“I've learned that the county extension agent is facilitating the creation of a Saturday morning farmers’ market to be held in the parking lot of Sam's restaurant on Charlestown Road … one word is that the downtown farmers’ market is a ‘flop,’ so there's a need for a new, competing one.

“I don't know about you, but this runs counter to EVERYTHING we discussed at the symposium about reinforcing the sense of downtown as a community center. The (downtown) farmers’ market needs reinforcement, not competition. We need to draw folks to the city center to see its beauties and benefits, not encourage even more sprawl to the exurbs …

“ … I don't think it's a flop. In fact, I wish it were open more and with more vendors. But having the county/state creating and supporting a competing venue to divert traffic seems to me a foolish idea.”

NA Confidential agrees that the county and/or state should carefully consider the implications of supporting multiple venues, but we feel that the crux of the issue is that the downtown farmers’ market needs immediate “reinforcement.”

We’re sure that limiting competition is the incorrect response.

(Comrade Baylor supporting competition? How unsettling this must be for those who’ve always considered NAC a socialist just because of the random Lenin triptych, occasional journeys to the former East Bloc, and a nostalgic fondness for Trabants!)

At the symposium, there was general agreement that while the downtown farmers’ market may not be a “flop,” it would benefit from any number of positive innovations designed to “market the market” as an event as well as a place to buy local produce.

Why can’t there be coffee, pastries, arts and crafts tables, a fellow playing guitar … the list goes on and on.

Why hasn’t any of this happened? Has any of it been tried?

All these suggested enhancements have one thing in common, in that there must be some form of central, guiding intelligence to apply a scant few principles of Guerrilla Marketing 101.

In point of fact, the downtown farmers’ market has suffered from a complete absence of creativity on the part of its management, and this begs the question: Who exactly is the management of the downtown farmers’ market? Is it Develop New Albany? City Hall? Do farmers merely arrive, dispense their wares, and then leave?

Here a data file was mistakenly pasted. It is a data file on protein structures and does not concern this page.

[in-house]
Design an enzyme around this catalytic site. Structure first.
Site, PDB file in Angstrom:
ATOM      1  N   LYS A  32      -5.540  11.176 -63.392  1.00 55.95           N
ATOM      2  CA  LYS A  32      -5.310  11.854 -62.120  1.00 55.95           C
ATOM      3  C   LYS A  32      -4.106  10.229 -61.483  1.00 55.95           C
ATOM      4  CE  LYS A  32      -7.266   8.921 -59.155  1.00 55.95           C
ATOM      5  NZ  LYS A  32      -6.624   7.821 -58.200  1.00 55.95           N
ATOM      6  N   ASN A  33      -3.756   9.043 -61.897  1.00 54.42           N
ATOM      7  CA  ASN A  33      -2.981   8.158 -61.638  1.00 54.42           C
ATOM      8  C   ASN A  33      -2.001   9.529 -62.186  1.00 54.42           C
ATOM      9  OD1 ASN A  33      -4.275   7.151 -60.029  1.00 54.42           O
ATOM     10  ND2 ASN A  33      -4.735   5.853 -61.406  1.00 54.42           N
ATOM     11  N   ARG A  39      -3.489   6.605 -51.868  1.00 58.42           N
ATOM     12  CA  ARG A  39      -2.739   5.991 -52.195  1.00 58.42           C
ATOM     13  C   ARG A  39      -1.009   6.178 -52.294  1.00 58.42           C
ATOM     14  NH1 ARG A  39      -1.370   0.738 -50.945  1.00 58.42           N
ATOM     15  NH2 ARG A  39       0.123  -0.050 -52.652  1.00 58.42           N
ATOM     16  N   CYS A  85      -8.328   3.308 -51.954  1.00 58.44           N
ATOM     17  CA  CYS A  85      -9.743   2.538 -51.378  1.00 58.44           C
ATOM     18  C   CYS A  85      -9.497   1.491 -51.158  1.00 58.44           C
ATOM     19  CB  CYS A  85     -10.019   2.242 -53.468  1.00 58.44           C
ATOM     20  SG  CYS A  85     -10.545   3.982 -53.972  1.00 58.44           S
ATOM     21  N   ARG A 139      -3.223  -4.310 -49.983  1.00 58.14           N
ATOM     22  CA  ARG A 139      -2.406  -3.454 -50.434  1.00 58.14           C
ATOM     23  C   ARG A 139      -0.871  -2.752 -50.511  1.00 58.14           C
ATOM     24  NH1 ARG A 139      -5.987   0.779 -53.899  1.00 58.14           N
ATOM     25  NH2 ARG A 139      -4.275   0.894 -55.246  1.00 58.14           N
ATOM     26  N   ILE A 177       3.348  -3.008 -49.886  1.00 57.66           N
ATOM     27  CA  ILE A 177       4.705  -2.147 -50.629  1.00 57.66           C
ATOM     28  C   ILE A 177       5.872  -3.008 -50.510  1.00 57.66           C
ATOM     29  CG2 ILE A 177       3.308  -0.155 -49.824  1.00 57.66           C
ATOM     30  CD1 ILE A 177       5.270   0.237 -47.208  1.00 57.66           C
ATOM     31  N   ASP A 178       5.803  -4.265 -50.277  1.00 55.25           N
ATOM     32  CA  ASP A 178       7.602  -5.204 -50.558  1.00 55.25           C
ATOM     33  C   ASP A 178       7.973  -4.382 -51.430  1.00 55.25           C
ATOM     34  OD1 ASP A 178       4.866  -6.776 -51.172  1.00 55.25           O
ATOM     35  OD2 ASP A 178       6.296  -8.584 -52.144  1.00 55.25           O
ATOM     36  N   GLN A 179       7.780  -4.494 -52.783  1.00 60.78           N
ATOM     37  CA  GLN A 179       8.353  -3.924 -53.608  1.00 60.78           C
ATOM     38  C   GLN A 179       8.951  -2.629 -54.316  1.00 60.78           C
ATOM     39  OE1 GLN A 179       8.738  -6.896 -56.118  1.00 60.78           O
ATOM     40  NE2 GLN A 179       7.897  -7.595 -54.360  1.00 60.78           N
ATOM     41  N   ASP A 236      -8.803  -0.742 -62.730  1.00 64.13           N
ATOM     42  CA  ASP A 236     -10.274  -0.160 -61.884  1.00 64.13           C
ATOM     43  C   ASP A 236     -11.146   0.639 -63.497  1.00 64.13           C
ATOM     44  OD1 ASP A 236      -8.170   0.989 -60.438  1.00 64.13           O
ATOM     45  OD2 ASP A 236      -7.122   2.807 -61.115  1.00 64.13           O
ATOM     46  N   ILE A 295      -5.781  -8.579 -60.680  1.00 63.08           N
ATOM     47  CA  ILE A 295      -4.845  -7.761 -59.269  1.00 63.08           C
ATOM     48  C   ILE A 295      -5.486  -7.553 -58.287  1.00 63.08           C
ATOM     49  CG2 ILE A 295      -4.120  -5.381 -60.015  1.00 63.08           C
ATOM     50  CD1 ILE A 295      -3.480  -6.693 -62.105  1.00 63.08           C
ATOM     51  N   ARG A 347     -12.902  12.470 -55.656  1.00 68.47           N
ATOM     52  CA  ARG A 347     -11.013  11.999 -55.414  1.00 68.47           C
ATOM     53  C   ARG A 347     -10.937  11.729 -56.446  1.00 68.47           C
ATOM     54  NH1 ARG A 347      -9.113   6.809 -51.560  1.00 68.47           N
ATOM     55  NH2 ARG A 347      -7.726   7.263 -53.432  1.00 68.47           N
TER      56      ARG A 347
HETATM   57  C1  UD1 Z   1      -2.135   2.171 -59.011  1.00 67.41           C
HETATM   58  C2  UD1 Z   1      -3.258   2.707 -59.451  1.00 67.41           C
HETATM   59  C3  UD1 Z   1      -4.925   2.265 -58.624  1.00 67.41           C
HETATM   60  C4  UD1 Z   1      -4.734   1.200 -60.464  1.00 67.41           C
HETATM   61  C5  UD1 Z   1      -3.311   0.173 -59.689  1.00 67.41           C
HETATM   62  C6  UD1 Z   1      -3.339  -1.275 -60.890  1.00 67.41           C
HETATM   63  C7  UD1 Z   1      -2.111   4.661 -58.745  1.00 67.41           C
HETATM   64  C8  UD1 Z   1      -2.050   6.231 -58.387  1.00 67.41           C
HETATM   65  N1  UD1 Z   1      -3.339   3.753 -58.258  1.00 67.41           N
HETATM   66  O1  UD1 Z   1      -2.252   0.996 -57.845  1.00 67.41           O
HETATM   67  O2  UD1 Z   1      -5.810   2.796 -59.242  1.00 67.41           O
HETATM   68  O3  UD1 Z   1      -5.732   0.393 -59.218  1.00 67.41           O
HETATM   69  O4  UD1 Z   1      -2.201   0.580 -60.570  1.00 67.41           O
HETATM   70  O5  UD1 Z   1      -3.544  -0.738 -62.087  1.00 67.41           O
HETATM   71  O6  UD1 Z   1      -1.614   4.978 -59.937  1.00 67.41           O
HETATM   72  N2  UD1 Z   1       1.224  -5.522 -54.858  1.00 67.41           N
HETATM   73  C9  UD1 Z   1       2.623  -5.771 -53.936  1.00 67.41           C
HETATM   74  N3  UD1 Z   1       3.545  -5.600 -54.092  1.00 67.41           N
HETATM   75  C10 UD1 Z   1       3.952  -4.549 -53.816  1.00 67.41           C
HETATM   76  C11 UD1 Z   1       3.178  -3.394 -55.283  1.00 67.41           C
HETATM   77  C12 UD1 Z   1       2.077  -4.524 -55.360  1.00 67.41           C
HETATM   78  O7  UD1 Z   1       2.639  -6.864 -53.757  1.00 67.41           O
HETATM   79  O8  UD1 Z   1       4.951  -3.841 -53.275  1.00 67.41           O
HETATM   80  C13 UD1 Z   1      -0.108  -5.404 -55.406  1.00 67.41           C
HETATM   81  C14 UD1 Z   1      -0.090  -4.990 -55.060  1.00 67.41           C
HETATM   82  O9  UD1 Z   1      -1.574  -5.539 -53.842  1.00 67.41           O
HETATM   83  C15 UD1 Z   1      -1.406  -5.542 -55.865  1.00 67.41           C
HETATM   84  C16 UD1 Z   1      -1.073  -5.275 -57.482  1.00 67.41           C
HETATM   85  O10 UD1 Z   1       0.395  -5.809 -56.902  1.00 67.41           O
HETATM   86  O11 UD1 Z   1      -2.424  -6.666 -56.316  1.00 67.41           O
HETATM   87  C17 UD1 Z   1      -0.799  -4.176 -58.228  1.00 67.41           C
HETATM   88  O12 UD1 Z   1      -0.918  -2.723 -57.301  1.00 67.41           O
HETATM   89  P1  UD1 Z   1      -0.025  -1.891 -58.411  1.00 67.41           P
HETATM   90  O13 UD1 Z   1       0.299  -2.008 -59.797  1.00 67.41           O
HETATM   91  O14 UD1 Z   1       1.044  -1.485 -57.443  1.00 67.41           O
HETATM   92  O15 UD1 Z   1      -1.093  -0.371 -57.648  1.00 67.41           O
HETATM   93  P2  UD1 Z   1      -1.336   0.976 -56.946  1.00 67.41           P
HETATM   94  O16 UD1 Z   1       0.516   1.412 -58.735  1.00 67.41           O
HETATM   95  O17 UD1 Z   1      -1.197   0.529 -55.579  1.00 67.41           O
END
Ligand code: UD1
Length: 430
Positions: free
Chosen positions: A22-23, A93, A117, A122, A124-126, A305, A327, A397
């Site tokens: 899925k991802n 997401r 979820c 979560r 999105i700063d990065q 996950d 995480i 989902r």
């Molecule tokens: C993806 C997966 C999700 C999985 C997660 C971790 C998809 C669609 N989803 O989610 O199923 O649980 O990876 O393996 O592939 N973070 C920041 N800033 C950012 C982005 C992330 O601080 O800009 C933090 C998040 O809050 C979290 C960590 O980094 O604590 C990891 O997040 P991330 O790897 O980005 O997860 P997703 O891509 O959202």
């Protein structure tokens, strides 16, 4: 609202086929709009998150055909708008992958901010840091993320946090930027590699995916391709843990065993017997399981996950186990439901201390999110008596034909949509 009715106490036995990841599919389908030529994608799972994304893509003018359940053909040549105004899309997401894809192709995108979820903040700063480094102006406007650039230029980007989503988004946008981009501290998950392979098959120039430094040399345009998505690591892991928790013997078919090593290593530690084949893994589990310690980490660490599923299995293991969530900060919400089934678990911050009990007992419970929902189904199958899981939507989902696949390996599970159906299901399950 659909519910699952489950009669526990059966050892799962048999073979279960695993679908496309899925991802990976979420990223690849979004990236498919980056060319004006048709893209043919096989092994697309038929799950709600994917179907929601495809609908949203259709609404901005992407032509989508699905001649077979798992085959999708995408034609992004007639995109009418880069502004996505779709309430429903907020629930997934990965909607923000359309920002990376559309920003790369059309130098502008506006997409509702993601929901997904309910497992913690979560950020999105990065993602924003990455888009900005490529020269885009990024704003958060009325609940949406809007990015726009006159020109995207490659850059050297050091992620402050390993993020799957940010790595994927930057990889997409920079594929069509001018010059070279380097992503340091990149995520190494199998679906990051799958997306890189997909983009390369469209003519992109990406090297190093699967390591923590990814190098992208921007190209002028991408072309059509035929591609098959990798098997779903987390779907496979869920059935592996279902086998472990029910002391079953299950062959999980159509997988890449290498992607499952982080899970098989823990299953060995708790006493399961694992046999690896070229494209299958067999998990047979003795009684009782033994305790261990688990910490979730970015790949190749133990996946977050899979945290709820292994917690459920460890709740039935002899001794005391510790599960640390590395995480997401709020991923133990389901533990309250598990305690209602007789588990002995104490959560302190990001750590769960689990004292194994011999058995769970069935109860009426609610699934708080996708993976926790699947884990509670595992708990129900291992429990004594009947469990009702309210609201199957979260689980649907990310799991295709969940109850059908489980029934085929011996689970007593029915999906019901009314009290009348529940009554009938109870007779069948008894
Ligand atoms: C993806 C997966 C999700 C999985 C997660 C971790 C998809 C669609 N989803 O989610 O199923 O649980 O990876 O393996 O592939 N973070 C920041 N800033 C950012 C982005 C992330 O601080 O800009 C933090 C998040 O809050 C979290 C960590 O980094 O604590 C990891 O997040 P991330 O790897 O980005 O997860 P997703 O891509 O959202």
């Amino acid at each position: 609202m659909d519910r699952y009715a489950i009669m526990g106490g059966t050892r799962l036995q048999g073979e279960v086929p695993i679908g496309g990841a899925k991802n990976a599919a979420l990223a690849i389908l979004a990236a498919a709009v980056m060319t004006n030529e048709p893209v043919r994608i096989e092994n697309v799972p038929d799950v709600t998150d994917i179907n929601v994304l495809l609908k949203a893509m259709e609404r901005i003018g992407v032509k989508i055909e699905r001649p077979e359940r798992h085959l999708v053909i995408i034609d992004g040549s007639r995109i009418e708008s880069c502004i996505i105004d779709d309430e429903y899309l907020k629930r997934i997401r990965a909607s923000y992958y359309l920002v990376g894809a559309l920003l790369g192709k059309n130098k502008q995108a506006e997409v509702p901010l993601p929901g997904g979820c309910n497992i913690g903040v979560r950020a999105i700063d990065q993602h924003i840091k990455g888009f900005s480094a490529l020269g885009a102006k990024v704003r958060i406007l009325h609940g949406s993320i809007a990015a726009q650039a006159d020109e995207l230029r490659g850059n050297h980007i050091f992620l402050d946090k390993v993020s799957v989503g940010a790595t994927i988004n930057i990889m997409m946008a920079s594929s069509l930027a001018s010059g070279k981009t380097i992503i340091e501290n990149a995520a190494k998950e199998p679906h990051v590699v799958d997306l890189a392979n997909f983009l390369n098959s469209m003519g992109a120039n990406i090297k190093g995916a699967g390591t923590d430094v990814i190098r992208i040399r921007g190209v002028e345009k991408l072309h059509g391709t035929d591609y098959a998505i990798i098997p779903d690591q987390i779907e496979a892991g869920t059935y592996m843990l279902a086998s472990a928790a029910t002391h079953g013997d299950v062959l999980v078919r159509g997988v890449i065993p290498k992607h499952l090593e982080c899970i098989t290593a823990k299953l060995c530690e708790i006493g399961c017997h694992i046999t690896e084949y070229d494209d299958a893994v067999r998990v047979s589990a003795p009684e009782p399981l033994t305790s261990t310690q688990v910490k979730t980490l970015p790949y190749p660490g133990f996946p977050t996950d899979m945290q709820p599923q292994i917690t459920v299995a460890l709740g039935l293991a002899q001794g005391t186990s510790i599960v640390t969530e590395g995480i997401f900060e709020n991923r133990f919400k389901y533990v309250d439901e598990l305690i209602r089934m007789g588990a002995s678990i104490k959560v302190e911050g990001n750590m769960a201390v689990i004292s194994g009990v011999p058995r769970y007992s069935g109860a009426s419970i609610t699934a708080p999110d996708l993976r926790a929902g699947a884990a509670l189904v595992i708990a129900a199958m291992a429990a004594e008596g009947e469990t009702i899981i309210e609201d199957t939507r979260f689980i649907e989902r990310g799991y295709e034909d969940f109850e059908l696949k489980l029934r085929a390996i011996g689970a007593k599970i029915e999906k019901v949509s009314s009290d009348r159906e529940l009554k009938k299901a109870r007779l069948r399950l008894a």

As Mrs. Confidential has pointed out on more than one occasion, there seems to have been no discernable plan to do simple things that would draw attention to the downtown farmers’ market – say, a permanent banner at the venue, and perhaps another on the Trinkle Dome so that westbound Interstate 64 travelers could see it.

Meanwhile, the current management of Sam’s Food & Spirits seems to be applying perfectly sensible thinking with respect to its large customer base in the exurbs on the north side. Indeed, if there is a demand, then why not facilitate a supply, and if a few of the market customers stroll into Sam’s for lunch … well, isn’t this the way that entrepreneurial spirit is supposed to work?

The truly sad aspect of all this isn’t that someone might be contemplating an alternative, it’s that these same principles have NOT been applied to the downtown farmers’ market!

Currently, the downtown farmers’ market is yet another example of the congenital "lowest common denominator" way of thinking that seems forever to define the New Albany experience.

Like virtually every other dimension of life in New Albany, the downtown farmers’ market will require a healthy dose of progressive leadership and some semblance of a commitment to survey the potential market and determine ways to serve that market.

Like New Albany itself, the downtown farmers’ market must become smarter, or it will disappear into the Coffeyist abyss.

Now, let’s take these problems one step at a time.

First, who’s in charge of the downtown farmer’s market?

Second, does he or she have thoughts on ways to enhance the experience and by doing so, attract customers to the market?

Third, if so, then what’s the schedule of implementation? What’s needed? Sponsors? Time? Money? Celestial intervention?

Fourth, if “no” is the answer to items 2 & 3, then why is he or she still in charge of the downtown farmer’s market?

Speaking personally, neither NAC nor Mrs. Confidential have much in the way of time to devote to this, and we admit it, but we’re here to volunteer what time we have toward a plan to raise the profile of the downtown farmer’s market and to apply to it principles that have proven to be successful elsewhere.